Monday, March 22, 2010

The Continuing Decline of the Sun — New Data

The Frozen Thames, London, 1677
click for larger image

Despite the recent increase in solar activity, the sun is still behaving very strangely.

In 2006, Dr. William Livingston and Dr. Matthew Penn, of the National Solar Observatory in Tucson, wrote a paper describing their observations showing that the relative darkness and magnetic field strength of sunspots have been declining independently of the normal sunspot cycle since 1990. They predicted that if this continues, sunspots would disappear entirely from the sun sometime between 2015 and 2020. It is not clear when they would return.

The paper was never accepted for publication, primarily because no one had a theory to account for the observations. Since that time, measurements have continued to show an almost linear decline in both spot darkness and magnetic field.

The Hunters in the Snow by Pieter Brueghel the Elder, 1565
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It has been hypothesized that this dimming is similar to what happened during the Maunder Minimum that lasted from 1645 to 1715. It coincided with the Little Ice Age, a time of extraordinarily cold winters and crop failures throughout the world. While there is a dispute among scientists whether or not the Maunder Minimum actually "caused" the Little Ice Age, many believe that solar magnetic/plasma activity, measured by the quantity and size of sunspots, affects climate through a number of mechanisms, including such obscure things as the modulation of the cosmic ray flux reaching the earth, which may cause changes in cloud formation.

If a Little Ice Age were to occur today, with our present world population, we could see famine, war, and economic collapse worldwide.

The Livingston and Penn Data
click for larger image

On Friday, I asked for and received Livingston and Penn's raw data, including the most recent observations, from another solar physicist. My plot shown above is similar to the chart available in this thread, but provides a little more resolution and detail. I also plotted the yearly averages as large dots, centered on the middle of each year. The dot for 2010 represents just the data so far recorded.  It should be mentioned that the data in the 1990's is sparse and is therefore less certain.

The "umbral intensity ratio" is a measurement of the continuum intensity of the dark part of the sunspot (umbra) as a ratio to the surrounding quiet sun.  When this ratio is equal to 1, the sunspot is invisible (or doesn't exist).  The sunspot magnetic field is measured by the Zeeman splitting of the iron (Fe) spectral lines.    When the magnetic field is less than 1500 gauss, the sunspot does not form.  L&P have also measured an absolute temperature change using a molecular technique, but that data is not shown here.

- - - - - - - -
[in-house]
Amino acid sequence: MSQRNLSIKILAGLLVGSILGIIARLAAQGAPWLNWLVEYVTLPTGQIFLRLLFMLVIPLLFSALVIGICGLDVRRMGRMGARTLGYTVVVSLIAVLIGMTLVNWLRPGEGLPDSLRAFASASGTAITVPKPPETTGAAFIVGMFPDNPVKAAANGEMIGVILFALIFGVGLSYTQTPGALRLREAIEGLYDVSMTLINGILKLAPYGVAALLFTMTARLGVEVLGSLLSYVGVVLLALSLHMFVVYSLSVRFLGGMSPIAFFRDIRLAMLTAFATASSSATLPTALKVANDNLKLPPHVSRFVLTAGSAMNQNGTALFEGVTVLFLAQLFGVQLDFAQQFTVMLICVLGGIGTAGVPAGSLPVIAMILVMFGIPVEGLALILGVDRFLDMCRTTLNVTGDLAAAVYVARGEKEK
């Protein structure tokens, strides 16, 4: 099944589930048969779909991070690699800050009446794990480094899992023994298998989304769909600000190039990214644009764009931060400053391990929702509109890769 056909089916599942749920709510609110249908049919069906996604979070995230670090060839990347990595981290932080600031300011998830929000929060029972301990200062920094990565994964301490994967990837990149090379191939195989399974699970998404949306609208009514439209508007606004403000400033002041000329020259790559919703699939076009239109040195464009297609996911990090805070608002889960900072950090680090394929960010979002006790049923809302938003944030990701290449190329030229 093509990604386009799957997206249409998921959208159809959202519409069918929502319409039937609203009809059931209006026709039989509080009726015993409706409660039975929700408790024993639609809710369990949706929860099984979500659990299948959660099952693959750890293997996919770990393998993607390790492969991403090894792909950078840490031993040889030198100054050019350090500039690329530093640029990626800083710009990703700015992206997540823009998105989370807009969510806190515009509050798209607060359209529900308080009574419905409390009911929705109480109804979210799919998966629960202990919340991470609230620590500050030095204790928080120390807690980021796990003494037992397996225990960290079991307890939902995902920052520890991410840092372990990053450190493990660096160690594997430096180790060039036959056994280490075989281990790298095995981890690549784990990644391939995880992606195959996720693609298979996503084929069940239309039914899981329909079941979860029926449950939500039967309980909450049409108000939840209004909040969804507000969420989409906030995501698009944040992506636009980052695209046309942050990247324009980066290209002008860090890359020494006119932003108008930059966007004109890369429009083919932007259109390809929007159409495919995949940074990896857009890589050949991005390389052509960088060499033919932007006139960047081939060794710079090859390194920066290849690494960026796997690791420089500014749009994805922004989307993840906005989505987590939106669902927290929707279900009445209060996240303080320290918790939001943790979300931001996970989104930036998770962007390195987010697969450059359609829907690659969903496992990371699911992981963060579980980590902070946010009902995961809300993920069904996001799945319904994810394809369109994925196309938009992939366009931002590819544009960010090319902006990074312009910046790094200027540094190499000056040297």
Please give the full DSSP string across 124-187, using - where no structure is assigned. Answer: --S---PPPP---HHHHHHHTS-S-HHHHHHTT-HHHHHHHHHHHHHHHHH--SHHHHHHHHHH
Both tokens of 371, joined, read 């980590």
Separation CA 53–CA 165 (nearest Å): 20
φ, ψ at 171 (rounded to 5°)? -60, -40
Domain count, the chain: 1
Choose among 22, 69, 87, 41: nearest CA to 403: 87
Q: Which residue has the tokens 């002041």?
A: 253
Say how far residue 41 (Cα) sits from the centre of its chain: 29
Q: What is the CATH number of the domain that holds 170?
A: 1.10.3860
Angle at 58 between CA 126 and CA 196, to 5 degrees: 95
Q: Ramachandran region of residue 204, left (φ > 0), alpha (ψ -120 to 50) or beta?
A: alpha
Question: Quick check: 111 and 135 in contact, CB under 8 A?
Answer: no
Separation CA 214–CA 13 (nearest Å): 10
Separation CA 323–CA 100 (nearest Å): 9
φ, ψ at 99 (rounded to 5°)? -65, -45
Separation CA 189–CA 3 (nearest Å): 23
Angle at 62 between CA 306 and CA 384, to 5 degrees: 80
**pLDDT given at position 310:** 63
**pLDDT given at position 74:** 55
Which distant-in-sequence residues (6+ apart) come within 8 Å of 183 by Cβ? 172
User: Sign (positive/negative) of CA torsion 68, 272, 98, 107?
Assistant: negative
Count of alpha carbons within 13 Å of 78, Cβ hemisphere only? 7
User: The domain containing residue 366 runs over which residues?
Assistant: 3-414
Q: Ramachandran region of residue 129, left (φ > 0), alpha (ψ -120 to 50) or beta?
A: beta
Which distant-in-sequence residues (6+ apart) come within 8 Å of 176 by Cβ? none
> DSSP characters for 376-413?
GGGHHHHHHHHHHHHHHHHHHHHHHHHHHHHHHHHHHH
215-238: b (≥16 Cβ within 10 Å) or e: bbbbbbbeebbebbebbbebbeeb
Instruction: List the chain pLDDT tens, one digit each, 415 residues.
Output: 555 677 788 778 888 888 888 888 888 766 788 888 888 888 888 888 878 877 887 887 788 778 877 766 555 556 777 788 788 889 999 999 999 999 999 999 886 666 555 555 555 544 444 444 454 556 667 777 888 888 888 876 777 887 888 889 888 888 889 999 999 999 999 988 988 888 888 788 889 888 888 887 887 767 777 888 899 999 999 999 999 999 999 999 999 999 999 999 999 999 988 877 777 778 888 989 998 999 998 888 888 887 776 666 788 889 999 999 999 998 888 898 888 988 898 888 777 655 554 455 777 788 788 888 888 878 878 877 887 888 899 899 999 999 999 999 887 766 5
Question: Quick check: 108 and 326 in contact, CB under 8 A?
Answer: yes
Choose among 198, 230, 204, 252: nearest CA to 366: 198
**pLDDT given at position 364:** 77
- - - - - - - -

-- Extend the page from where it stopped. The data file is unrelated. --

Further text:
As you can see, the data varies quite a bit, but the noise is in the real solar phenomena, not in the measurement technique.  Regardless, there are clear trends as indicated by second order polynomial fits to the data.  The umbral intensity ratio is increasing toward 1, and the magnetic field is decreasing.  The fit is almost linear.

Livingston and Penn get telescope time infrequently, and measurements are often impossible due to weather conditions.  Also, the unusually deep 11-year solar cycle minimum for the last three years has afforded few spots to measure.  So sometimes, months go by with no observations at all.

It is very important to note that this solar decline has been unaffected by the peaks and valleys of the 11-year solar cycle, and appears to be a completely independent phenomenon.  The fact that it is continuing during the higher activity now being seen as solar cycle 24 ramps up is further confirmation of its independent nature.

The L&P dimming of sunspots is independent of this data showing the ramp up in solar activity in recent months.  Shown are Total Solar Intensity, the 10.7 meter radio flux, the overall solar magnetic field, and the number of sunspots (

If this behavior continues, I believe that we may be in quite a bit of trouble.  Even a shorter and shallower minimum such as the Dalton Minimum in the early 1800s would be bad.  A degree or two of extra warmth is much preferred to killing freezes.

 Winter skating on the main canal of Pompenburg, Rotterdam in 1825,
by Bartholomeus Johannes van Hove


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